The implants were all put in place by the same surgeon following the manufacturers' recommendations and were restored by various prosthodontists at a university clinic. All patients received fixed restorations ranging from single crowns to full-arch bridges (Figure 1).
The implant sites included all mandibular and maxillary positions. The implant loading period was 36 months. Data recorded for all implants included the patient's age and gender, the diameter and length of the implant, and the presence or absence of a cantilever.
Forty-six implants in 16 patients had been supporting a fixed prosthesis with a cantilever. In 10 patients, 2 implants were supporting the cantilever, whereas in 6 patients 3 or more implants have been the support. Recall sessions were routinely performed 6, 12, 24, and 36 months after loading. At each recall visit, a clinical examination was performed by the same examiner.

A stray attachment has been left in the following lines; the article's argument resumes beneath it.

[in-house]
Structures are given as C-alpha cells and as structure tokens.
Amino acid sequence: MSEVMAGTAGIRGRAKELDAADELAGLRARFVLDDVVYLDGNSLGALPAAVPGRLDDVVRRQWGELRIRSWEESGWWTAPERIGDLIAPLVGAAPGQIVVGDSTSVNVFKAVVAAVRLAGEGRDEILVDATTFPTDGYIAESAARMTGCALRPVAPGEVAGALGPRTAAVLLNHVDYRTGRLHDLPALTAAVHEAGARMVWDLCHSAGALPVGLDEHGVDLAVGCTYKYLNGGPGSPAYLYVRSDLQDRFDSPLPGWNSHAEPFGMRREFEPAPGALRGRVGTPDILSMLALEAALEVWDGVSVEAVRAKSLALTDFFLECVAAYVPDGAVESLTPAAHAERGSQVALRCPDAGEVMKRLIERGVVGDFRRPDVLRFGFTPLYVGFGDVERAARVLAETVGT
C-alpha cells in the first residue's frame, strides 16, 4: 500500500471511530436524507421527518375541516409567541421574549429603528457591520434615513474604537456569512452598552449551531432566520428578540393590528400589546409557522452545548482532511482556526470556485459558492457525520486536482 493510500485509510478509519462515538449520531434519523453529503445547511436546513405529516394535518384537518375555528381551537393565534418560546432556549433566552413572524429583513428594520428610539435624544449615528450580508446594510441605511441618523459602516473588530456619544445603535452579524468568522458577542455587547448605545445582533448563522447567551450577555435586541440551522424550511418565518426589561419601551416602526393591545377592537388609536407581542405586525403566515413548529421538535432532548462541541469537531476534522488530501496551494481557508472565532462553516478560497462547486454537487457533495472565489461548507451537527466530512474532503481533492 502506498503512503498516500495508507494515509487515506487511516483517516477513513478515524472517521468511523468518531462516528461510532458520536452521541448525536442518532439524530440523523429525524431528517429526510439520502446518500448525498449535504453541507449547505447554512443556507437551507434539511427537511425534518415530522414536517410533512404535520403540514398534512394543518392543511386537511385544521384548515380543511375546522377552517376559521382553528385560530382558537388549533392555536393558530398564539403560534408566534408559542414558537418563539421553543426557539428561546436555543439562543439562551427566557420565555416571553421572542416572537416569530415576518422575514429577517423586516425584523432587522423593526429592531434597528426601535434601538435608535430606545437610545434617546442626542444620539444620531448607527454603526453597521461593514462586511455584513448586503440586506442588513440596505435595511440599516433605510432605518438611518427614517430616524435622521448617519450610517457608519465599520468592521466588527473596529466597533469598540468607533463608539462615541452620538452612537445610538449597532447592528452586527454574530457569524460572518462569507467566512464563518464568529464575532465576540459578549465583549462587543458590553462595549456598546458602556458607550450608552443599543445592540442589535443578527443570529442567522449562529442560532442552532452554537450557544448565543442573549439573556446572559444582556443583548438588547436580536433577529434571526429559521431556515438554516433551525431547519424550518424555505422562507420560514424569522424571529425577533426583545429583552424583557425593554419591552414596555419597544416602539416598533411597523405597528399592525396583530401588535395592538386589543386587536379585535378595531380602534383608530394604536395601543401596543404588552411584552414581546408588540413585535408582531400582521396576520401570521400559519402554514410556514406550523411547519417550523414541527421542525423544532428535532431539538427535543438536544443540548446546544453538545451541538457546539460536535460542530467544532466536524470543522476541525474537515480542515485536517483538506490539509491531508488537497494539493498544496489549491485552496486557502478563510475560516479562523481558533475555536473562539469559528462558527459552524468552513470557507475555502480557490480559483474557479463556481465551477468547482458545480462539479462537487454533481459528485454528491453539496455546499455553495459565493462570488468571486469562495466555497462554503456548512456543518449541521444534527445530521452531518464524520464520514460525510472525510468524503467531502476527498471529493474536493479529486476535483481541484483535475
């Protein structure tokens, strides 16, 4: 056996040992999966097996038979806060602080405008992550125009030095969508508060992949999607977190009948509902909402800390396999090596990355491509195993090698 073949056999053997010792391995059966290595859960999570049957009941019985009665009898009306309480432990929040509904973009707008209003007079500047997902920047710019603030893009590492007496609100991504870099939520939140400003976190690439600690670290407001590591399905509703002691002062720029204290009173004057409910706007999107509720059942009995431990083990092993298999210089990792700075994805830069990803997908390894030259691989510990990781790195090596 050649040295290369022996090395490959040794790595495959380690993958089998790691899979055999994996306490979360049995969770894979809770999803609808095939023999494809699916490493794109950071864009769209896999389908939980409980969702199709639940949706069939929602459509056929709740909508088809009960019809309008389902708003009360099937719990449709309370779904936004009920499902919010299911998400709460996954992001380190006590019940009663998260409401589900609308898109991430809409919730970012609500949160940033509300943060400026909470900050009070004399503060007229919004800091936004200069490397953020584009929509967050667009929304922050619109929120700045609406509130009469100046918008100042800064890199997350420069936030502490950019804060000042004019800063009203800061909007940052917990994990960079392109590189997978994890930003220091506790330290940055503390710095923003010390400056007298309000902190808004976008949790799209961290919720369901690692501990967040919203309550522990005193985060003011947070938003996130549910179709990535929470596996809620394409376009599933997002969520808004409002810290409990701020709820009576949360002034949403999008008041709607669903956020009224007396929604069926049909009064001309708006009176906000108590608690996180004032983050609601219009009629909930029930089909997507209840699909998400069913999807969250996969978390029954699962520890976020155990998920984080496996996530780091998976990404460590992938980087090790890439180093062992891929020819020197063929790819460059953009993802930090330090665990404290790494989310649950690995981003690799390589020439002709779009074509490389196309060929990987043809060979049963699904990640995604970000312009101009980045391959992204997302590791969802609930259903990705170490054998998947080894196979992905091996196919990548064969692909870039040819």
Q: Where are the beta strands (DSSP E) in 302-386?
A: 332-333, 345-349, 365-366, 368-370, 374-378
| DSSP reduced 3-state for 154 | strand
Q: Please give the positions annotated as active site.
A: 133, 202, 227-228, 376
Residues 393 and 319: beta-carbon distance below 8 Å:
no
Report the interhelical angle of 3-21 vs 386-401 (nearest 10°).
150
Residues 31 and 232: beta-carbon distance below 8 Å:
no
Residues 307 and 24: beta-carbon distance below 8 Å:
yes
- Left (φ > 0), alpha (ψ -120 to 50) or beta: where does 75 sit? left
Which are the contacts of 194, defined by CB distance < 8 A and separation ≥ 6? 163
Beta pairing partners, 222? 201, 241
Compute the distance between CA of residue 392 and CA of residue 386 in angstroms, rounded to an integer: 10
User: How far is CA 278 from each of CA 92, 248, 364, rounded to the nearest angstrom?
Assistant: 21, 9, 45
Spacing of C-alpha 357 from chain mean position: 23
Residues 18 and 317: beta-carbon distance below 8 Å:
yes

Panoramic radiographs (Planmeca, Proline XC, Helsinki, Finland) were taken preoperatively, immediately after surgery, immediately after loading, and at every recall session. Intraoral radiographs were taken if visual assessment of the marginal bone attached at the distal and mesial surfaces for all implants was not possible with magnified panoramic radiographs. Mesial and distal marginal bone levels of all implants were determined during baseline and recall evaluations. Currently, the best method of measuring marginal bone levels around implants is examination of scanned and digitized conventional radiographs,33,34 which were used in the present study. Measurements were obtained from images of successive radiographs that had been scanned and digitized (Epson 1680, Pro-Seiko Epson Corp, Nagano, Japan), and were analyzed at ×20 magnification using CorelDraw 11.0 software (Corel Corp and Coral Ltd, Ottawa, Canada). The implant diameter at the collar region, as specified by the manufacturer, was used as a reference point. The distance from the widest supracrestal part of the implant to the crestal bone level was measured on the magnified images. To account for variability, the implant width was measured and compared with the documented dimensions, and ratios were calculated to adjust for distortion. Bone levels were determined by applying a distortion coefficient (true bone height = [true implant width][measured bone height]/measured implant diameter). The actual bone level measurement was performed independently by 2 examiners, a prosthodontist and a specialist in oral and maxillofacial radiology. The average from both examiners' calculations was used as the marginal bone level value. The level at which the marginal bone appeared to be attached was assessed visually at the distal and mesial surfaces for all implants (Figure 2). The radiographs were reviewed by 2 examiners on 2 separate occasions, 1 week apart. The radiographs were available to none of the examiners between the first and second viewings. In addition, the examiners' measurements made at the first testing were not available during the second testing. During the first review, the observers did not know that they would be retested. Intraobserver reliability was determined via comparison of the measurements decided on by each individual observer for the first and second testing sessions. Interobserver reliability was assessed via comparison of the measurements decided on by the 2 different examiners. Statistical analyses were used to assess mean MBL changes at 6, 12, 24, and 36 months and to explore the potential effect of various parameters on bone loss. NCSS 2007 and PASS 2008 statistical software (NCSS, Kaysville, Utah) was used. The following clinical parameters were assessed relative to MBL: peri-implant parameters, demographic parameters (age and gender), implant brand, implant diameter and length, presence or absence of cantilever, and implant location. Descriptive statistics (means and standard deviations for continuous variables, frequencies for categorical variables) were used to analyze all implants as well as each type of implant. Quantitative data were compared using a one-way analysis of variance test, and comparisons between groups with normal distributions and outlier groups were detected with the Tukey honestly significant difference test. For comparison of the 2 groups with normal distributions, the Student t test was used. For analysis of repeated measures, variance analysis, and detection of the outliers, the paired sample t test was used. The results were assessed at 95% confidence interval, at a significance level of .05.